Shane Black, the screenwriter behind the Lethal Weapon franchise, comes up a decade later deciding he wants to give the buddy movie thing a new twist, like Tarantino. That is to say fatally hip, self-aware, deconstructive and distracted, fitfully amused by its own absurdity. Kiss Kiss Bang Bang, which Black wrote and directed, is that movie, with a premise worthy of Elmore Leonard (which I won't bother to summarize here) but which gets lost in cleverness, cute tricks, and smirking flashiness. Imagine Oliver Stone directing this mess, with as many gratuitous PoMo interruptions, witless edits and grandstand mugging for the camera. Leonard has all manner of convolutions and twists and bizarre bits of business, but his novels are little masterpieces of craft and, lest we forget, storytelling and his ability to create characters and dialogue make the strange world of the criminal mind a fascinating place to observe. There is that observation of craft for all of Leonard's weirdness, which at times can make for splendid film diversions, like Get Shorty, Jackie Brown, and Out of Sight.
But not always, with last year's adaptation of an earlier Leonard novel, The Big Bounce is the case in point; good crime novels require good scripts, as good looks and pretty locals alone won't create something we care about. The crucial flaw in The Big Bounce was fairly mindless, let us say the arbitrary shift of the novel's location from Leonard's native Detroit to Hawaii, which someone thought would be a better backdrop for turning the gritty novel into a romantic comedy. It was a rudderless enterprise in all, without rhythm or snap, highlighting Owen Wilson running low on whatever beach- bum charisma he'd trading on for the last half of the Nineties, and sadly the avuncular Morgan Freeman with little to do but look wise, bemused and entirely non-threatening. The best news from that effort, assumedly, is that the producer's checks cleared for Mr. Leonard. Kiss Kiss...is a sometimes amusing, visually busy effort that is graced by some good dialogue,but chokes by a sense that everyone is laughing at their own joke.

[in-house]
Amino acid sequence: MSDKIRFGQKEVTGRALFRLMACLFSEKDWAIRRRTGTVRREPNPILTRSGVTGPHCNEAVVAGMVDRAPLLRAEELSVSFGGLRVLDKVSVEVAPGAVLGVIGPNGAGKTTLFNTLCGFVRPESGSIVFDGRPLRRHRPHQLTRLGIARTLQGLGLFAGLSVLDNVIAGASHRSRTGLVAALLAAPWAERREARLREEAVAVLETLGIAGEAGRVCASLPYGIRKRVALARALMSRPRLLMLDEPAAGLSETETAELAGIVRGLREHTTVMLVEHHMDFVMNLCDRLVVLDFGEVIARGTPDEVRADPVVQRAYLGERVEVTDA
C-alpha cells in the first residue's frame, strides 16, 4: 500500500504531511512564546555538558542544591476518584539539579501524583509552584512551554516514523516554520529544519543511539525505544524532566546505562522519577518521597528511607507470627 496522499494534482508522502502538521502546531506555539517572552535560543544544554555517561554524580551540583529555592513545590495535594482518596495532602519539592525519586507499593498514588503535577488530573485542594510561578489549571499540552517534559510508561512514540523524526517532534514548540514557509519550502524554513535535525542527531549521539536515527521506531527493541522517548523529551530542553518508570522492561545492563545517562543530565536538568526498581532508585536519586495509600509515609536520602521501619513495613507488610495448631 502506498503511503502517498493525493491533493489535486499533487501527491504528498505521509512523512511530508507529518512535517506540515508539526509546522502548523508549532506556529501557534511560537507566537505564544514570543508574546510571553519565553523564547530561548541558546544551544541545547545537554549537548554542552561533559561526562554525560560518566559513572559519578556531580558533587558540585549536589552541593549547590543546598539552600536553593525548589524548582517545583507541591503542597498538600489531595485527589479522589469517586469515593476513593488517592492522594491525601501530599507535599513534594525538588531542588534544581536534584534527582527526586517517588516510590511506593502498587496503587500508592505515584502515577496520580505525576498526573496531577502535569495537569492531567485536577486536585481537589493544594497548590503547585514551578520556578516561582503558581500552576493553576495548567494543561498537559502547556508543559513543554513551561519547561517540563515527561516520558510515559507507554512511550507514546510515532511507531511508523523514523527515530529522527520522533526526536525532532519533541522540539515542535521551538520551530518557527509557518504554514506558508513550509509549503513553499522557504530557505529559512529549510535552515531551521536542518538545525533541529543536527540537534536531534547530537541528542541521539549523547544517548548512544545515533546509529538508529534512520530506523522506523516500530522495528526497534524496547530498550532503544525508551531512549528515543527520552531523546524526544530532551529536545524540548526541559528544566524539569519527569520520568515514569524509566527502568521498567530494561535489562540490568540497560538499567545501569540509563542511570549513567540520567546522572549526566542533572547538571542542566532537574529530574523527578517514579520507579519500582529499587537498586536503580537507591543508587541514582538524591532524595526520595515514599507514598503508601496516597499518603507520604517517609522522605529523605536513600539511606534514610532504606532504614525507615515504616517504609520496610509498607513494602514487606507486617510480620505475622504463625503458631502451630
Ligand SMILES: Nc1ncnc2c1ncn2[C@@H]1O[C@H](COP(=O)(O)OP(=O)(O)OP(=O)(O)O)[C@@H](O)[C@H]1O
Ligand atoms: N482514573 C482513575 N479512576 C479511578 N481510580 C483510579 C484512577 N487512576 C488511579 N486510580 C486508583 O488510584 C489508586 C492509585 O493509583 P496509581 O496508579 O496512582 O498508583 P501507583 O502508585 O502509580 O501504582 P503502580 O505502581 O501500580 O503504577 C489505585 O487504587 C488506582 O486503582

The punchline is never delivered. Which makes this movie a shaggy dog story, all without the zen "aha". Robert Downey is fine, though. Sober and confused, just what his part called for. Here's to seeing him in better movies. Val Kilmer is a homosexual private detective named Gay Perry, no kidding, and is wonderful in a slow boil performance; with all the flashy cuts and ragged edges to suggest a faint idea of self-referential ugliness (too much motion, not enough music) Kilmer has understated fun, and delivers the best line I've heard in a film in 2005. When asked by Downey's character if his Dad loved him, Perry replies that he didn't know but "...he used to beat me in Morse Code, so maybe I didn't missed it."Kilmer appears to have a developed a fondness for the weird character, and I mean that in the nicest way possible.